Autumn Splendor

Wow! What a Season.

"I would rather sit on a pumpkin, and have it all to myself, than be crowded on a velvet cushion." ~Henry David Thoreau

I'm a big fan of Thoreau because he was a wonderful writer and profoundly connected to nature. Nature is my muse that provides endless inspiration. This season, Autumn, is particularly inspiring, as is Spring, if you're a painter. Talk about stimulating the five senses! Sight = the light becomes more golden. We are suddenly aware that the days are getting shorter so each ray of sparkling light, whether on field of multi-colored grasses or illuminating the reds, oranges, and yellows of maple trees, bittersweet, wild grape, and sumac makes us stop in our tracks and take in the magic of it all. Smell = we breath in the air of autumn; sweet and pungent, and reminiscent of autumns past. Sound = leaves falling is a distinct music complimented by the remaining crickets and cicadas as well as the hollowing coyotes, calling owls, and the song of returning birds such as the Junko. Touch = I've been putting my gardens 'to bed' and am amazed by the variety of textures in all the plants I have put in the ground. (I have made many friends through my garden this year and have been giving away divisions as well as seeds of many of my favorite pollinator plants.) Taste = apples right off the tree, squashes from the field, hardy kale and brussels, herbs from the culinary garden like rosemary, sage, and thyme, and, of course, cinnamon! Why is cinnamon so right this time of year? It's comforting and delicious. It makes everything it touches like oatmeal, delicata squash, and pumpkin chai taste AMAZING! WOW! We are so blessed to live on this earth.

Two quick (I'll try to make them short) stories; one - our rescue of a stray kitten and two - the pumpkin truck (and by truck I mean 18 wheeler).

1) One night, Glen said "Let's go for a walk after dinner hon. I've got a surprise!" My knee was hurting from over-confident-in-my-late-fifties-use and I didn't want to go. "You'll love it!" Glen said and so I went. Little did I know that a) he was going to show me the largest acreage of pumpkin fields I had ever seen and b) that we would rescue a stray kitten meowing from a bramble of thicket near the side of the road. Now, I've got to say, in all humility, that I have a remarkable love of pumpkins. I dont' know why and I don't need to. My birthday is mid-October. Orange is an excellent color. But, no, none of that really adds up to my obsession. I just love pumpkins. They make me happy in an unconditional kind of way. So although thousands of pumpkins across the fields was what Glen was intending to show me, I ended up creating a new form of yoga enticing a five week old kitten to a can of Fancy Feast through choking vine and thornbush. Her name is Pearl, short for Purrfic, and her spirit is something to admire; fearless, always ready for play, and communicative of her needs as she's needing them.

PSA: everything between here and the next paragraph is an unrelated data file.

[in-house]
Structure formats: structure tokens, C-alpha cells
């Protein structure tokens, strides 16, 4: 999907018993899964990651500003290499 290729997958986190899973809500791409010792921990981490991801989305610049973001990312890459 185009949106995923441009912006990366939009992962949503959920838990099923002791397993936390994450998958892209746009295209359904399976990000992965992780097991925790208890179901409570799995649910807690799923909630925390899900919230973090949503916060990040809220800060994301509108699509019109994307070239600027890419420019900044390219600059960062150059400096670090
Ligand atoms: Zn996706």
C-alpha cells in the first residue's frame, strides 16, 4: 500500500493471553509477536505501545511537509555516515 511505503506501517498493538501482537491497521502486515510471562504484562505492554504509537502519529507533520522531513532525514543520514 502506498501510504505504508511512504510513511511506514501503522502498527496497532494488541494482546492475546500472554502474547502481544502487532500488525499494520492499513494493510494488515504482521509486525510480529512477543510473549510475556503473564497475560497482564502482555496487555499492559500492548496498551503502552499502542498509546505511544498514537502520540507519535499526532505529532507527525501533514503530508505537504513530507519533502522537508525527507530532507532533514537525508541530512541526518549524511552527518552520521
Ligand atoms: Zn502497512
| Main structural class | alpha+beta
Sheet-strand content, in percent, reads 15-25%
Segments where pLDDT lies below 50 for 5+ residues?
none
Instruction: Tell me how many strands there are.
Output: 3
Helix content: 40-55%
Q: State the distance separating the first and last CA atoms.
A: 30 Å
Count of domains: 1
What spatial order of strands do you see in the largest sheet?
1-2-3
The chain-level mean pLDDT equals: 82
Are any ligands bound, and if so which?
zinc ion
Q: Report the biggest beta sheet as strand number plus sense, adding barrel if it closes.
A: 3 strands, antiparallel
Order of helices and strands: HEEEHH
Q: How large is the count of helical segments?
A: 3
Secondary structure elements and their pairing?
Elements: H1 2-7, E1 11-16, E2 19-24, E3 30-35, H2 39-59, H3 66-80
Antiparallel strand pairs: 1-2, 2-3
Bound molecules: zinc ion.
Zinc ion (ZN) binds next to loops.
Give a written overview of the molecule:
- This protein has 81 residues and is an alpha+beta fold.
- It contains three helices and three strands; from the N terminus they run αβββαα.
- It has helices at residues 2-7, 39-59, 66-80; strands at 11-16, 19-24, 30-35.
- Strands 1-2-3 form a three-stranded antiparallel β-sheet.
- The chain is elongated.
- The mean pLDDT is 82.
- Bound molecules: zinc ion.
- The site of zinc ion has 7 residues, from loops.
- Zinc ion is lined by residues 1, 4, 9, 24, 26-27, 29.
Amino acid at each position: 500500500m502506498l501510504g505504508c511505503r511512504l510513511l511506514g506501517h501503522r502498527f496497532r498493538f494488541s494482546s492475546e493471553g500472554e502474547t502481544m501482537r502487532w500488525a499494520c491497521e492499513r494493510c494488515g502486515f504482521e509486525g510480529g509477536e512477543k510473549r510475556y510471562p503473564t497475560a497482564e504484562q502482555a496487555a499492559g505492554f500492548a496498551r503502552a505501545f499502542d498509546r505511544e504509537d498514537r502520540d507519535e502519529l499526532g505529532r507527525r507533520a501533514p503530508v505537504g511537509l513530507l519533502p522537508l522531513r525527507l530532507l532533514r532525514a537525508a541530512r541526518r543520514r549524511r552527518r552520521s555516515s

2) The Pumpkin Truck. Every day for the past several weeks we have watched an 18-wheeler truck pass with countless tall boxes of a plentitude of just ripe pumpkins. These aren't small pumpkins either. They are the kind that every household wants to carve into a Jack-O-Lantern to both welcome and spook the entourage of trick or treaters. Every time the truck passed by I cheered 'pumpkins!' (a little crazy I know but hey, we have to find inspiration and gladness somewhere right?). One day I was determined to film the truck from the time it left the field until it passed our house. I hadn't anticpated the beauty of the harvest. I have been for 3 decades a dancer/choreographer and dance educator. What I witnessed in the field the day I went to shoot my video was just amazing. I had been waving all summer at the Nourse employees but hadn't really seen them in action until now. 7 men were on the ground, the other 7 on the flat bed of the truck near the boxes awaiting pumpkins. Like an exquisite and mesmorizing ballet, the men on the ground freed the pumpkins from their vines and tossed them to the men on the truck. The men on the flat bed caught the huge pumpkins and tossed them into the boxes with ease. I was floored by the athleticism, strength, and grace of the workers. I tried to imagine the musical accompaniment that would serve the scene; Vivaldi came to mind or Talking Heads.

So much is happening right now in the nation, the world but I encourage you to pause to smell the air, pick up a handful of red, yellow, and orange leaves, listen to the last calls of summer insects and the returning birds, and bake a pie or a crumble with apples you have picked yourself and a lot of cinnamon. Be well. Stay safe and spread love wherever you go.

~ Tracy